They’re still incredibly rare diamonds nowadays, to the point where there are only fifty or sixty new pink diamonds that are released on to the market each year. And they are only the size of a pea. If that’s a disappointing figure for you, then you might also want to consider the fact that they’re able to grab almost $1,000,000 for a single carat. That’s the unfortunate reality of the beautiful Argyle pink diamonds. You’ve got to either be a royal or ridiculously rich to afford and own anything above or around a carat.
However, there is the option of lesser quality, smaller pinks that have a lighter tone. These are greater in number and are still a significant cut above the typical white, and offer a certain level of uniqueness so they can still really stand out in the crowd.
An interesting fact about these coloured diamonds is that they have always been referred to as “she”, most likely because of their colour.
A vivid coloured, top quality pink stone can be worth up to forty times more than the white of the equivalent nature. One of the main contributing factors to how unique and stunning argyle pink diamonds are is that they’ve not been coloured as a result of a chemical presence during their formation, instead there has been as a stress on the structure of the stone. That has resulted in different light refraction, giving the diamonds their pink tone.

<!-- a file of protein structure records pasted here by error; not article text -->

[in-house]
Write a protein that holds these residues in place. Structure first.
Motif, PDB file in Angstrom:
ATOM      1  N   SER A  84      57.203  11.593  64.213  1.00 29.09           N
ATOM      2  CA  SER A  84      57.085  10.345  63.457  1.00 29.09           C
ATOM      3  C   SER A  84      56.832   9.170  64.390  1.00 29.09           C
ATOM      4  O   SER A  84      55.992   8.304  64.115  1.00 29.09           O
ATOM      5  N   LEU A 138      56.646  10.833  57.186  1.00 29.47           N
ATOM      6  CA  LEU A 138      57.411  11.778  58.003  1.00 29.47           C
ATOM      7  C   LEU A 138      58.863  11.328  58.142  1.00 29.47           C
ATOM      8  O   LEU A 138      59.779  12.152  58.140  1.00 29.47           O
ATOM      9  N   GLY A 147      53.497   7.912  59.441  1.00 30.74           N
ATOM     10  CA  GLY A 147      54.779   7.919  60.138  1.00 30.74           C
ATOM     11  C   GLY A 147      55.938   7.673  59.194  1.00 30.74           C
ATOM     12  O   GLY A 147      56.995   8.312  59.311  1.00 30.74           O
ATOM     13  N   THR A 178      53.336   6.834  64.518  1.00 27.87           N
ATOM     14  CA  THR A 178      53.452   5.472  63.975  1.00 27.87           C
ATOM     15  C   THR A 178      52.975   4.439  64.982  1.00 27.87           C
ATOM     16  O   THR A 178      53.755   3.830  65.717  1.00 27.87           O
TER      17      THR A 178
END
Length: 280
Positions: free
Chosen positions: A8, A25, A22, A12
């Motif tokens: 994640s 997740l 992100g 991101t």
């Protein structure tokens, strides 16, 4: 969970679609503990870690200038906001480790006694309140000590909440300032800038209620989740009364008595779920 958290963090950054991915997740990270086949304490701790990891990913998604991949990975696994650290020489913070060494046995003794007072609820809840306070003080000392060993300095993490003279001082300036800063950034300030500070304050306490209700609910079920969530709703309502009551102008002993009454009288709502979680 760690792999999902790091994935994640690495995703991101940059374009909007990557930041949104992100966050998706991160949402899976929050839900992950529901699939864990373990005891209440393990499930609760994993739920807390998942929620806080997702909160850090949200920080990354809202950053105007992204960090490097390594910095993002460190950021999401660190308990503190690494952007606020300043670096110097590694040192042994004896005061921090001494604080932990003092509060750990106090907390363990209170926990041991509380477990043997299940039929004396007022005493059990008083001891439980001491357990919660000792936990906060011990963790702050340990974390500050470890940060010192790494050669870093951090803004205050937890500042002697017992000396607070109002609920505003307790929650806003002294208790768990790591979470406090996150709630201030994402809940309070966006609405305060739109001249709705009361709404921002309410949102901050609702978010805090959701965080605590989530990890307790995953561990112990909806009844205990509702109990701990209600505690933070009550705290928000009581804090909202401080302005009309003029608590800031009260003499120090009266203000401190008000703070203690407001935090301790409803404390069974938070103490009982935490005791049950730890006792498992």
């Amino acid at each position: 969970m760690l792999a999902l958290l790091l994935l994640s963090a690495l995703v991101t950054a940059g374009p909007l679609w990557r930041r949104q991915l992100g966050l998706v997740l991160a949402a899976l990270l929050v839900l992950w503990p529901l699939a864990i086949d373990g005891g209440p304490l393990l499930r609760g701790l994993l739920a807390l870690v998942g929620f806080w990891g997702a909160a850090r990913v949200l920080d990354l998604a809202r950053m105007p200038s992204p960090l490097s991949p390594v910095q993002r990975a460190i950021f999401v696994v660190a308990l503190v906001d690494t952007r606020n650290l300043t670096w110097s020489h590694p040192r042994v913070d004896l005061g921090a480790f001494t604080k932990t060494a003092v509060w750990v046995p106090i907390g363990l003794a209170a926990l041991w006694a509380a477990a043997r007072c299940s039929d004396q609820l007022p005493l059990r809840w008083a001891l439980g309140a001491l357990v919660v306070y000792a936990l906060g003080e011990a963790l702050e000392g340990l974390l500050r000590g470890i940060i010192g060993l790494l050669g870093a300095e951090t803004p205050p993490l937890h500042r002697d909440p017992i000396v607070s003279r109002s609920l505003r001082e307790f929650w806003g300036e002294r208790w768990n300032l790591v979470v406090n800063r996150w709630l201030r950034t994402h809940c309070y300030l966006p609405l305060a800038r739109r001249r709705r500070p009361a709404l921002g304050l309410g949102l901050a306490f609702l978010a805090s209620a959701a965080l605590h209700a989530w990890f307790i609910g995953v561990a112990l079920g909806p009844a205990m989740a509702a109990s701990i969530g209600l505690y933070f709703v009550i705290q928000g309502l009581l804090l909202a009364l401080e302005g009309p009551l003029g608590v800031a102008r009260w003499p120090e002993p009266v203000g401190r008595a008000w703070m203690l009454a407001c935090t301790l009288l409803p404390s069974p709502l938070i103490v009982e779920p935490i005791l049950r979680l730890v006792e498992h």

There is just one mine in Australia, called the Argylemine that acts as the supplier of 90% of the diamonds to the world. There have been random finds of the beautiful diamond in Russia, India and Brazil, However, there has never been a find that’s remotely as large as the Argyle mine, plus they aren’t of the same colour saturation.
Up until Australia’s Argyle mine began to yield pinks in the 80’s, there weren’t any reliable or “large” supplies of the diamonds to the globe.
They were so rare that they were purely in the hands of very rich collectors of diamonds and were far more commonly seen in exhibition environments, rather than on the finger of a girl.